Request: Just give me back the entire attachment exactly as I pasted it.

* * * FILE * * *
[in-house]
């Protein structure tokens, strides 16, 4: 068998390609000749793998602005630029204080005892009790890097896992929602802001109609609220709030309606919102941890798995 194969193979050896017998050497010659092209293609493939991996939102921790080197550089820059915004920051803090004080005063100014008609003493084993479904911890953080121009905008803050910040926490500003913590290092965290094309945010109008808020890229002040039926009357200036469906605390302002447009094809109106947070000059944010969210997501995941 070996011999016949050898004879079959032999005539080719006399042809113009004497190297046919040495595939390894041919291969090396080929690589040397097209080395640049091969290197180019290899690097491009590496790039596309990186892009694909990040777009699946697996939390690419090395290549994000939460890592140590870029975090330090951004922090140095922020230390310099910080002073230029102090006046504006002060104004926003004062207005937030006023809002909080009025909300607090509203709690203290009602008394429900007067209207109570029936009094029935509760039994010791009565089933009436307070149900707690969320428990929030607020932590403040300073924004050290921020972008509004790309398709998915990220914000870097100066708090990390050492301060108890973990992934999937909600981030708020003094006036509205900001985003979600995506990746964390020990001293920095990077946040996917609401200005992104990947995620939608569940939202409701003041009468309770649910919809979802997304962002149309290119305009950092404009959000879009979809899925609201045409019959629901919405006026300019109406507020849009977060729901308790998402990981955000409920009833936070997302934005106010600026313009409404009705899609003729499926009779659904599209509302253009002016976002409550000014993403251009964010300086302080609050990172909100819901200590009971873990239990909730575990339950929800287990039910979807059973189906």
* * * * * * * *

[in-house]
């Protein structure tokens, strides 16, 4: 068998390609000749793998602005630029204080005892009790890097896992929602802001109609609220709030309606919102941890798995 194969193979050896017998050497010659092209293609493939991996939102921790080197550089820059915004920051803090004080005063100014008609003493084993479904911890953080121009905008803050910040926490500003913590290092965290094309945010109008808020890229002040039926009357200036469906605390302002447009094809109106947070000059944010969210997501995941 070996011999016949050898004879079959032999005539080719006399042809113009004497190297046919040495595939390894041919291969090396080929690589040397097209080395640049091969290197180019290899690097491009590496790039596309990186892009694909990040777009699946697996939390690419090395290549994000939460890592140590870029975090330090951004922090140095922020230390310099910080002073230029102090006046504006002060104004926003004062207005937030006023809002909080009025909300607090509203709690203290009602008394429900007067209207109570029936009094029935509760039994010791009565089933009436307070149900707690969320428990929030607020932590403040300073924004050290921020972008509004790309398709998915990220914000870097100066708090990390050492301060108890973990992934999937909600981030708020003094006036509205900001985003979600995506990746964390020990001293920095990077946040996917609401200005992104990947995620939608569940939202409701003041009468309770649910919809979802997304962002149309290119305009950092404009959000879009979809899925609201045409019959629901919405006026300019109406507020849009977060729901308790998402990981955000409920009833936070997302934005106010600026313009409404009705899609003729499926009779659904599209509302253009002016976002409550000014993403251009964010300086302080609050990172909100819901200590009971873990239990909730575990339950929800287990039910979807059973189906």